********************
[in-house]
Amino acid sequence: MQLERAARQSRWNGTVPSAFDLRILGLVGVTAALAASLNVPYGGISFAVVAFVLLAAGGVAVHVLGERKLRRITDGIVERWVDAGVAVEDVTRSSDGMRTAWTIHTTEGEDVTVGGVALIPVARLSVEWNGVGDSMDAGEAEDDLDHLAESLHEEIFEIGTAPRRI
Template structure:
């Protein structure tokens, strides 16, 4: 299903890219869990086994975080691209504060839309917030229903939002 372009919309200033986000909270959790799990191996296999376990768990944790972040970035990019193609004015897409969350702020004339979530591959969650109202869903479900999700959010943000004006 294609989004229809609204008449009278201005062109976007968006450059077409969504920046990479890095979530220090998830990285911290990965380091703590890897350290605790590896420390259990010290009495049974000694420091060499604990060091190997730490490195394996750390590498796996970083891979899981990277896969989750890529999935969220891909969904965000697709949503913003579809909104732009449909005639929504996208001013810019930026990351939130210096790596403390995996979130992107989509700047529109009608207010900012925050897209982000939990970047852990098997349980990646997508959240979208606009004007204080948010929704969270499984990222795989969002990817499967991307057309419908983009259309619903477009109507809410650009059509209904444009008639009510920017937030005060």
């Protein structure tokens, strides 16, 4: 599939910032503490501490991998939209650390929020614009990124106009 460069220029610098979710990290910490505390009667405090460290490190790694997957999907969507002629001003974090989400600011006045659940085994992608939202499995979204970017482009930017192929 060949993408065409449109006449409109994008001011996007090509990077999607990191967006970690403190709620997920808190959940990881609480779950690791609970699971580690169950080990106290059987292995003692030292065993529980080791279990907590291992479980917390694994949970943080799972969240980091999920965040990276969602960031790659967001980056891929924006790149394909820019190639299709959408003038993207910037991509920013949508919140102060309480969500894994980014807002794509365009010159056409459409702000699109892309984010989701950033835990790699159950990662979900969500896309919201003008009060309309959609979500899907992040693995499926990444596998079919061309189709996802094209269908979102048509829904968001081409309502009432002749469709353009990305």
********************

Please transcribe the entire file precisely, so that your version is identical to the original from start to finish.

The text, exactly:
[in-house]
Amino acid sequence: MQLERAARQSRWNGTVPSAFDLRILGLVGVTAALAASLNVPYGGISFAVVAFVLLAAGGVAVHVLGERKLRRITDGIVERWVDAGVAVEDVTRSSDGMRTAWTIHTTEGEDVTVGGVALIPVARLSVEWNGVGDSMDAGEAEDDLDHLAESLHEEIFEIGTAPRRI
Template structure:
């Protein structure tokens, strides 16, 4: 299903890219869990086994975080691209504060839309917030229903939002 372009919309200033986000909270959790799990191996296999376990768990944790972040970035990019193609004015897409969350702020004339979530591959969650109202869903479900999700959010943000004006 294609989004229809609204008449009278201005062109976007968006450059077409969504920046990479890095979530220090998830990285911290990965380091703590890897350290605790590896420390259990010290009495049974000694420091060499604990060091190997730490490195394996750390590498796996970083891979899981990277896969989750890529999935969220891909969904965000697709949503913003579809909104732009449909005639929504996208001013810019930026990351939130210096790596403390995996979130992107989509700047529109009608207010900012925050897209982000939990970047852990098997349980990646997508959240979208606009004007204080948010929704969270499984990222795989969002990817499967991307057309419908983009259309619903477009109507809410650009059509209904444009008639009510920017937030005060």
């Protein structure tokens, strides 16, 4: 599939910032503490501490991998939209650390929020614009990124106009 460069220029610098979710990290910490505390009667405090460290490190790694997957999907969507002629001003974090989400600011006045659940085994992608939202499995979204970017482009930017192929 060949993408065409449109006449409109994008001011996007090509990077999607990191967006970690403190709620997920808190959940990881609480779950690791609970699971580690169950080990106290059987292995003692030292065993529980080791279990907590291992479980917390694994949970943080799972969240980091999920965040990276969602960031790659967001980056891929924006790149394909820019190639299709959408003038993207910037991509920013949508919140102060309480969500894994980014807002794509365009010159056409459409702000699109892309984010989701950033835990790699159950990662979900969500896309919201003008009060309309959609979500899907992040693995499926990444596998079919061309189709996802094209269908979102048509829904968001081409309502009432002749469709353009990305």